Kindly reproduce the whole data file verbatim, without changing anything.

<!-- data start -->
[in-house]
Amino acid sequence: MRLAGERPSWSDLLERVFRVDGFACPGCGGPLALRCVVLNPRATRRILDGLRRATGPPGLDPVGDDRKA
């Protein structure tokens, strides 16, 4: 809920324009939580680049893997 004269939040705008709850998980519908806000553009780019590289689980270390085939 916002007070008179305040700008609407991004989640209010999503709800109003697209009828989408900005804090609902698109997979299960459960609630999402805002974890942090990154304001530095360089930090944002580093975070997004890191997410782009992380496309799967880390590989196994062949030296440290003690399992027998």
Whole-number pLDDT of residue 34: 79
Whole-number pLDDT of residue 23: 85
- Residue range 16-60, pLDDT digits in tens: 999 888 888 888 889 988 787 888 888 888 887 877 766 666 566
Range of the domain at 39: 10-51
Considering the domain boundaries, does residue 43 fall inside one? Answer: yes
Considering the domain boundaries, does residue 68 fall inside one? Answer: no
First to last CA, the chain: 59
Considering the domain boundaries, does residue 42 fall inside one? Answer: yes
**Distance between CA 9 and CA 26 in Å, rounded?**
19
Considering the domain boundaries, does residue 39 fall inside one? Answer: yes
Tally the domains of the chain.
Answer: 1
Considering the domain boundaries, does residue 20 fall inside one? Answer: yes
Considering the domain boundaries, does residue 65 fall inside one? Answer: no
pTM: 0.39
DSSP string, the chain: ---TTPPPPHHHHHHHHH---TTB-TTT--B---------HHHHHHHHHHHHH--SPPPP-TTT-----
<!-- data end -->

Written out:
[in-house]
Amino acid sequence: MRLAGERPSWSDLLERVFRVDGFACPGCGGPLALRCVVLNPRATRRILDGLRRATGPPGLDPVGDDRKA
């Protein structure tokens, strides 16, 4: 809920324009939580680049893997 004269939040705008709850998980519908806000553009780019590289689980270390085939 916002007070008179305040700008609407991004989640209010999503709800109003697209009828989408900005804090609902698109997979299960459960609630999402805002974890942090990154304001530095360089930090944002580093975070997004890191997410782009992380496309799967880390590989196994062949030296440290003690399992027998």
Whole-number pLDDT of residue 34: 79
Whole-number pLDDT of residue 23: 85
- Residue range 16-60, pLDDT digits in tens: 999 888 888 888 889 988 787 888 888 888 887 877 766 666 566
Range of the domain at 39: 10-51
Considering the domain boundaries, does residue 43 fall inside one? Answer: yes
Considering the domain boundaries, does residue 68 fall inside one? Answer: no
First to last CA, the chain: 59
Considering the domain boundaries, does residue 42 fall inside one? Answer: yes
**Distance between CA 9 and CA 26 in Å, rounded?**
19
Considering the domain boundaries, does residue 39 fall inside one? Answer: yes
Tally the domains of the chain.
Answer: 1
Considering the domain boundaries, does residue 20 fall inside one? Answer: yes
Considering the domain boundaries, does residue 65 fall inside one? Answer: no
pTM: 0.39
DSSP string, the chain: ---TTPPPPHHHHHHHHH---TTB-TTT--B---------HHHHHHHHHHHHH--SPPPP-TTT-----